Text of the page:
Thursday, November 1, 2012


                The movie 300 is very well remembered in American culture. We applaud it for its incredible visual power and it’s overarching messages. In fact, the basic plot of the movie is so cliché that it is almost sickening- the few (who are of course the good guys) stand up to the many (the bad guys), not because it is the smart move, but because it is the only choice. But when you look deeper there are several messages that may cause you to scratch your head a bit. In this post I will examine the main message of the movie, as well as some of the more troublesome messages that are present in the movie.
                Like I said before, the main message of the movie is very cliché and is incredibly simplistic. The bad people are very powerful and they want to conquer the good guys, who will more than likely be destroyed if they try to defy the will of the aggressors, but they fight anyway to defend their way of life. It is a message of bravery about common sense; of doing something that is more than likely futile but it is the only option so you do it anyway. We clearly see these words in action in the scene where the king decides that he is going to go into battle without his entire army; he knows that the chances of men emerging victorious are slim, but he leads them on anyway because it is his duty to the people that he is sworn to protect. This message is what audiences applauded with the movie. The movie critic for (who for some reason wasn’t named) perhaps put it best when he said “300 is not only a visual masterpiece, but also has a deeper message about how we as humans should live our lives and face adversity”.
                But sadly, this triumphant message of human greatness is often overshadowed by the many questionable messages of the movie. To start with, the entire movie is based off of an old perception that us Westerners have held on to for centuries- the East is a place of tyranny and lawlessness that will always try to overcome the peace and thoughtfulness of the West. We are taught to fear the people of the East, the Muslims and Arabs and the like, from a young age, and this movie does little to quell that feeling. The Persians are portrayed as evil beings who will kill men, women, and children without hesitation to achieve their aims. In all I find it a very troubling stereotype, but perhaps the most troubling part about the whole thing is that hardly anyone even recognized it; we are so engrained to assume that people from Eastern cultures are the “bad” guys.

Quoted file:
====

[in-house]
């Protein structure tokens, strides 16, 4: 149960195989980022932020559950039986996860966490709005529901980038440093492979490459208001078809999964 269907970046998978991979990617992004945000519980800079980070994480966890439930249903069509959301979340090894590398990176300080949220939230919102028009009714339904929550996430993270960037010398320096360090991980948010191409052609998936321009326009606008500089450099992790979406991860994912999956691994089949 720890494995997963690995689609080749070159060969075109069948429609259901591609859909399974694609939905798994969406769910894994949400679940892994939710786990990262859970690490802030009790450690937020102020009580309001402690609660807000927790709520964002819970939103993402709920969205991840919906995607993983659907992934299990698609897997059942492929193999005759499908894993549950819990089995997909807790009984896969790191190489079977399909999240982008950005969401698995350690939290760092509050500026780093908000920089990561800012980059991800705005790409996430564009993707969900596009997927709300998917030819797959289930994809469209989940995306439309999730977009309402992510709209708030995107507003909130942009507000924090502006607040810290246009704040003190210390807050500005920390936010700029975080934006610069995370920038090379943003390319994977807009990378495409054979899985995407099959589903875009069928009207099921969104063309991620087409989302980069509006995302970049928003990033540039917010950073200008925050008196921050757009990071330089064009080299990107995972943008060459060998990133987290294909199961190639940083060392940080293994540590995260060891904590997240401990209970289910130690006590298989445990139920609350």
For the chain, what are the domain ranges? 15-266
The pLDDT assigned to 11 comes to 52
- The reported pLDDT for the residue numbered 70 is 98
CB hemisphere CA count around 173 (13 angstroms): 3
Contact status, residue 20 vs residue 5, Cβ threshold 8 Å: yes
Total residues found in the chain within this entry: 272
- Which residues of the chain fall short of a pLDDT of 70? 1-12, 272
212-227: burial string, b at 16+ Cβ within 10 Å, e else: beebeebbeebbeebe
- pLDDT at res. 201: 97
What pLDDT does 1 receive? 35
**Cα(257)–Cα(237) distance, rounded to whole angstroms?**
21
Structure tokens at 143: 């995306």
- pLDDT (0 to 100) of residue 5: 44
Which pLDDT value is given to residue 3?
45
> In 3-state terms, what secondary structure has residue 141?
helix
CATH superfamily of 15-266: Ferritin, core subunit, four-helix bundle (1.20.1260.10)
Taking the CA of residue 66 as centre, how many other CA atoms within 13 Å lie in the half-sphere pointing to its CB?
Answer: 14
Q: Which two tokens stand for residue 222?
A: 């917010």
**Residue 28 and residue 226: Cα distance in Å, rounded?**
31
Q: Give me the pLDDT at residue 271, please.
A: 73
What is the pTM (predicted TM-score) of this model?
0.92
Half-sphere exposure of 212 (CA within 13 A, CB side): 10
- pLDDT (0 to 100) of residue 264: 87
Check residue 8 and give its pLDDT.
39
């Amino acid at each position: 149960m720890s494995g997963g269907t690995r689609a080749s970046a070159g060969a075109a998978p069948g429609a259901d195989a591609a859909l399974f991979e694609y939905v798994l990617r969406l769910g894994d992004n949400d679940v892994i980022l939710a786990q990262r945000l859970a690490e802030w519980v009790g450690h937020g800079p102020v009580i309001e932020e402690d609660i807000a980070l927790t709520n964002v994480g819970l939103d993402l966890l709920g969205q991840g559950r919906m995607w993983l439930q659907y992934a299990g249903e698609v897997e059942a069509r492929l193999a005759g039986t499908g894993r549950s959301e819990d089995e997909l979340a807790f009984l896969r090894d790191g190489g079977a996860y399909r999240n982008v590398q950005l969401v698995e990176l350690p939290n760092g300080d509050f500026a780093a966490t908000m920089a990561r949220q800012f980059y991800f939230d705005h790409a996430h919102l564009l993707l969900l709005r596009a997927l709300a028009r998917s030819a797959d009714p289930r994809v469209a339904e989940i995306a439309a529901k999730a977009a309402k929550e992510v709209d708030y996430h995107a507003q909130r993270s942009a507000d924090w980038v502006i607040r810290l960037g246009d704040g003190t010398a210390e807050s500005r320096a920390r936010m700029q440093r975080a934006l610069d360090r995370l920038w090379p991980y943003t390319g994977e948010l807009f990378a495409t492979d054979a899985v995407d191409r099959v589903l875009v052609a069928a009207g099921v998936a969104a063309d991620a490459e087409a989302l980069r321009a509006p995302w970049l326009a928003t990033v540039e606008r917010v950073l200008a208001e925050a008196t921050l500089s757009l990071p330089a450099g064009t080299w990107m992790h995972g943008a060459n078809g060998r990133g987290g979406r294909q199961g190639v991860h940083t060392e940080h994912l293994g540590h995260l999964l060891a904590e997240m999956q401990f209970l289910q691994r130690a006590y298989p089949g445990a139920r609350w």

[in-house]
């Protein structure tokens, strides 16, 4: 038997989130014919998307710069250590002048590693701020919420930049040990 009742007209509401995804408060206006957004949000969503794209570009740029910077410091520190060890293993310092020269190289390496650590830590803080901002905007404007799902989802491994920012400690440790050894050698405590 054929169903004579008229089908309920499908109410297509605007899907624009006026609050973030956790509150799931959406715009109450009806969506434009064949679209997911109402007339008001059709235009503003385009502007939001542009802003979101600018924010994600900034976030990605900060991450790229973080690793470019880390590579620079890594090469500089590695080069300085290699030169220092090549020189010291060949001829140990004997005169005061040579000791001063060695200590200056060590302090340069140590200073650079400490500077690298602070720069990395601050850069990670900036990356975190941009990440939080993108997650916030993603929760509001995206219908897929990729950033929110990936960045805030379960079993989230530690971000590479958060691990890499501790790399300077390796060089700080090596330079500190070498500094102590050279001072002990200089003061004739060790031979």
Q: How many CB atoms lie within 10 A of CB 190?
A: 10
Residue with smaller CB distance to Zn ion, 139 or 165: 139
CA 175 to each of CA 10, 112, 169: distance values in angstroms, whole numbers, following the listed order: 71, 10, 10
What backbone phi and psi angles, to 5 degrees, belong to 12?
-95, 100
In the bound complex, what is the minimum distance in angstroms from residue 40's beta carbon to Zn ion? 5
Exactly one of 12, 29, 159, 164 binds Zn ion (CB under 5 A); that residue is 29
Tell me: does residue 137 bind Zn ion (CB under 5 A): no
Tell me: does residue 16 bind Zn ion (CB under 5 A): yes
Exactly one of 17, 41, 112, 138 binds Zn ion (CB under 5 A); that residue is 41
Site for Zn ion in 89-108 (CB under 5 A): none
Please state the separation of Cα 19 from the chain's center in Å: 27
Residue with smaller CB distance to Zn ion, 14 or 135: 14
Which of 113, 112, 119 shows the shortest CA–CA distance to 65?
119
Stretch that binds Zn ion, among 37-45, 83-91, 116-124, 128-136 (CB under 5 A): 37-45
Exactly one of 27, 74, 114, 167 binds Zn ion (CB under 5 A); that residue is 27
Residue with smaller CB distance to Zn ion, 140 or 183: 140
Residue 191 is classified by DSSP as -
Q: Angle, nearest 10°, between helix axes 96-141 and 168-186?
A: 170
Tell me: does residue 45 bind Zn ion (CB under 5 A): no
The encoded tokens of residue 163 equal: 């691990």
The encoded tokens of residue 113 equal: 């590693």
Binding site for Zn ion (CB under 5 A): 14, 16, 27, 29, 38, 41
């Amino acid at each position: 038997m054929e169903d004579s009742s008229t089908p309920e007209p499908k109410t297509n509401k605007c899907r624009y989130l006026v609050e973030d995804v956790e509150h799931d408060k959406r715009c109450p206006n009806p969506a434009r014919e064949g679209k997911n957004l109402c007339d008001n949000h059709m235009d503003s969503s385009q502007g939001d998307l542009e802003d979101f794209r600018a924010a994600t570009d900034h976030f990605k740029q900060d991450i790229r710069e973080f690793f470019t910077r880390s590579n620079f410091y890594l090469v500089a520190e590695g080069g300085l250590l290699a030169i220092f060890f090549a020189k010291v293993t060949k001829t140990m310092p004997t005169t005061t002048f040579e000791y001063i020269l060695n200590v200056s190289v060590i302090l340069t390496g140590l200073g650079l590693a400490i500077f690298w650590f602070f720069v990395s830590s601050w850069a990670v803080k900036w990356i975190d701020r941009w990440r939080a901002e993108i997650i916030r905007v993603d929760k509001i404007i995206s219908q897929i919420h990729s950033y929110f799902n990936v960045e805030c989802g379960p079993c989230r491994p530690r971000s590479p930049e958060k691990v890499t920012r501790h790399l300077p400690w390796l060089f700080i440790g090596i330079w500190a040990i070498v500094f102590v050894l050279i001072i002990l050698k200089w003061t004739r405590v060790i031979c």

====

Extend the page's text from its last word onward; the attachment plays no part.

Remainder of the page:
The other glaring problem messages that I see are more or less all tied to one scene: when the disabled man tries to join the Spartan cause but he is turned down because he is not of the proper physical form. To me this sends a message that only the best, most physically fit men are the ones who are fit to help society while the rest should just sit around and watch or, in the eyes of the movie, be killed shortly after birth. While that is very troubling to me, I was almost more disturbed with what happened next- the man turned his back on the Spartans and told the Persians some information that ultimately lead to the Spartan’s demise. What does that teach us? That when someone turns us away we are supposed to go and spread their most well kept secrets to the people who hate them the most? That is ridiculous. If real people lived like that there would be nothing but hate and discord in our world.
                I am still not entirely sure what I think of the movie 300. On the one hand we are given this incredible message of strength and bravery, while on the other we are given a message of stereotypes and intense betrayal. And for that reason I am only going to give it two stars. I just can’t condone some of the messages that are very predominant in this film.
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